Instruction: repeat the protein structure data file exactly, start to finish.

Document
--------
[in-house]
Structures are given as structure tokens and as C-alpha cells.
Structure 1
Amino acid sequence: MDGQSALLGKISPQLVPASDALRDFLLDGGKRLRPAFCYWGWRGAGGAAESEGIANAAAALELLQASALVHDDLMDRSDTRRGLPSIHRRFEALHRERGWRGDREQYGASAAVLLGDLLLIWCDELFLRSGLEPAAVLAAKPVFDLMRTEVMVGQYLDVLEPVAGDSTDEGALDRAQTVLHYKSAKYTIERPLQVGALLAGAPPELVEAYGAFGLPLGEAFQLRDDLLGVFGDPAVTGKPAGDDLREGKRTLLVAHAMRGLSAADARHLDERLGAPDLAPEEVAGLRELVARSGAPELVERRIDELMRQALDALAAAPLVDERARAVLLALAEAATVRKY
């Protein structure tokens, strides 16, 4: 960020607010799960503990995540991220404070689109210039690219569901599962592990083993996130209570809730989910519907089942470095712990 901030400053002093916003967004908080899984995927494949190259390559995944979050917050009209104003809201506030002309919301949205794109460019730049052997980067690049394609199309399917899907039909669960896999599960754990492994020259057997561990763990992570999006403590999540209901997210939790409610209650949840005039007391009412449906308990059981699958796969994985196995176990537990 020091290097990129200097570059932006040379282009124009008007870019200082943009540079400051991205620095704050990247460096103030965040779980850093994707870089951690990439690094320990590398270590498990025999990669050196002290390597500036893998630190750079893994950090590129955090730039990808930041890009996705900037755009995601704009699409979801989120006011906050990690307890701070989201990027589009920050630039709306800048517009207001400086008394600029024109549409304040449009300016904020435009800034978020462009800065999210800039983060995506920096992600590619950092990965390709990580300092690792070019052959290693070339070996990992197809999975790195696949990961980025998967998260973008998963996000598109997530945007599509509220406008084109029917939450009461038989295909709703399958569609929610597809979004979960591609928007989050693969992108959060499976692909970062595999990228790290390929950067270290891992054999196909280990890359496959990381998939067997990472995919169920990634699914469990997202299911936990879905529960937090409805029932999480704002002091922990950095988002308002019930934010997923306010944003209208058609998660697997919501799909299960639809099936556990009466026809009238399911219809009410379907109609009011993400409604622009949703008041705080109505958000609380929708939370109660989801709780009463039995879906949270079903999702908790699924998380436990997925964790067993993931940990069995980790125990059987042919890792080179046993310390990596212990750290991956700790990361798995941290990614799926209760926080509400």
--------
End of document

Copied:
[in-house]
Structures are given as structure tokens and as C-alpha cells.
Structure 1
Amino acid sequence: MDGQSALLGKISPQLVPASDALRDFLLDGGKRLRPAFCYWGWRGAGGAAESEGIANAAAALELLQASALVHDDLMDRSDTRRGLPSIHRRFEALHRERGWRGDREQYGASAAVLLGDLLLIWCDELFLRSGLEPAAVLAAKPVFDLMRTEVMVGQYLDVLEPVAGDSTDEGALDRAQTVLHYKSAKYTIERPLQVGALLAGAPPELVEAYGAFGLPLGEAFQLRDDLLGVFGDPAVTGKPAGDDLREGKRTLLVAHAMRGLSAADARHLDERLGAPDLAPEEVAGLRELVARSGAPELVERRIDELMRQALDALAAAPLVDERARAVLLALAEAATVRKY
């Protein structure tokens, strides 16, 4: 960020607010799960503990995540991220404070689109210039690219569901599962592990083993996130209570809730989910519907089942470095712990 901030400053002093916003967004908080899984995927494949190259390559995944979050917050009209104003809201506030002309919301949205794109460019730049052997980067690049394609199309399917899907039909669960896999599960754990492994020259057997561990763990992570999006403590999540209901997210939790409610209650949840005039007391009412449906308990059981699958796969994985196995176990537990 020091290097990129200097570059932006040379282009124009008007870019200082943009540079400051991205620095704050990247460096103030965040779980850093994707870089951690990439690094320990590398270590498990025999990669050196002290390597500036893998630190750079893994950090590129955090730039990808930041890009996705900037755009995601704009699409979801989120006011906050990690307890701070989201990027589009920050630039709306800048517009207001400086008394600029024109549409304040449009300016904020435009800034978020462009800065999210800039983060995506920096992600590619950092990965390709990580300092690792070019052959290693070339070996990992197809999975790195696949990961980025998967998260973008998963996000598109997530945007599509509220406008084109029917939450009461038989295909709703399958569609929610597809979004979960591609928007989050693969992108959060499976692909970062595999990228790290390929950067270290891992054999196909280990890359496959990381998939067997990472995919169920990634699914469990997202299911936990879905529960937090409805029932999480704002002091922990950095988002308002019930934010997923306010944003209208058609998660697997919501799909299960639809099936556990009466026809009238399911219809009410379907109609009011993400409604622009949703008041705080109505958000609380929708939370109660989801709780009463039995879906949270079903999702908790699924998380436990997925964790067993993931940990069995980790125990059987042919890792080179046993310390990596212990750290991956700790990361798995941290990614799926209760926080509400």